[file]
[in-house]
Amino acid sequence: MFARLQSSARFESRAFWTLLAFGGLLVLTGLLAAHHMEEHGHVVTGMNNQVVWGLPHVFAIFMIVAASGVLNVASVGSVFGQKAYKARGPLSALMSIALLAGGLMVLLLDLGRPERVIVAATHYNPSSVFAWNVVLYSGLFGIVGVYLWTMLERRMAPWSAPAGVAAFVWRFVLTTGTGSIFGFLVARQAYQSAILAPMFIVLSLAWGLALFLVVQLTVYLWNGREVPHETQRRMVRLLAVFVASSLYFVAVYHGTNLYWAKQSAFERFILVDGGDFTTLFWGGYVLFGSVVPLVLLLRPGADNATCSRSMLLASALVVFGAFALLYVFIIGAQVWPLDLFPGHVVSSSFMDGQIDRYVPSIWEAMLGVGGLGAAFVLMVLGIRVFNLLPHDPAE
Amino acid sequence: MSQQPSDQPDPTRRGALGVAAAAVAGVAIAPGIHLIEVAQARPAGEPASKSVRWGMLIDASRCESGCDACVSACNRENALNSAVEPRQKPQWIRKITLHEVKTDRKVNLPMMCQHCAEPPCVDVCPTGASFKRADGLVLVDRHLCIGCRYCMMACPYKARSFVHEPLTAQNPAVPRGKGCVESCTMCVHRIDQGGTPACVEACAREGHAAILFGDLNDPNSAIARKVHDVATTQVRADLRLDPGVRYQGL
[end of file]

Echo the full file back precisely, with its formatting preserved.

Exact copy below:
[in-house]
Amino acid sequence: MFARLQSSARFESRAFWTLLAFGGLLVLTGLLAAHHMEEHGHVVTGMNNQVVWGLPHVFAIFMIVAASGVLNVASVGSVFGQKAYKARGPLSALMSIALLAGGLMVLLLDLGRPERVIVAATHYNPSSVFAWNVVLYSGLFGIVGVYLWTMLERRMAPWSAPAGVAAFVWRFVLTTGTGSIFGFLVARQAYQSAILAPMFIVLSLAWGLALFLVVQLTVYLWNGREVPHETQRRMVRLLAVFVASSLYFVAVYHGTNLYWAKQSAFERFILVDGGDFTTLFWGGYVLFGSVVPLVLLLRPGADNATCSRSMLLASALVVFGAFALLYVFIIGAQVWPLDLFPGHVVSSSFMDGQIDRYVPSIWEAMLGVGGLGAAFVLMVLGIRVFNLLPHDPAE
Amino acid sequence: MSQQPSDQPDPTRRGALGVAAAAVAGVAIAPGIHLIEVAQARPAGEPASKSVRWGMLIDASRCESGCDACVSACNRENALNSAVEPRQKPQWIRKITLHEVKTDRKVNLPMMCQHCAEPPCVDVCPTGASFKRADGLVLVDRHLCIGCRYCMMACPYKARSFVHEPLTAQNPAVPRGKGCVESCTMCVHRIDQGGTPACVEACAREGHAAILFGDLNDPNSAIARKVHDVATTQVRADLRLDPGVRYQGL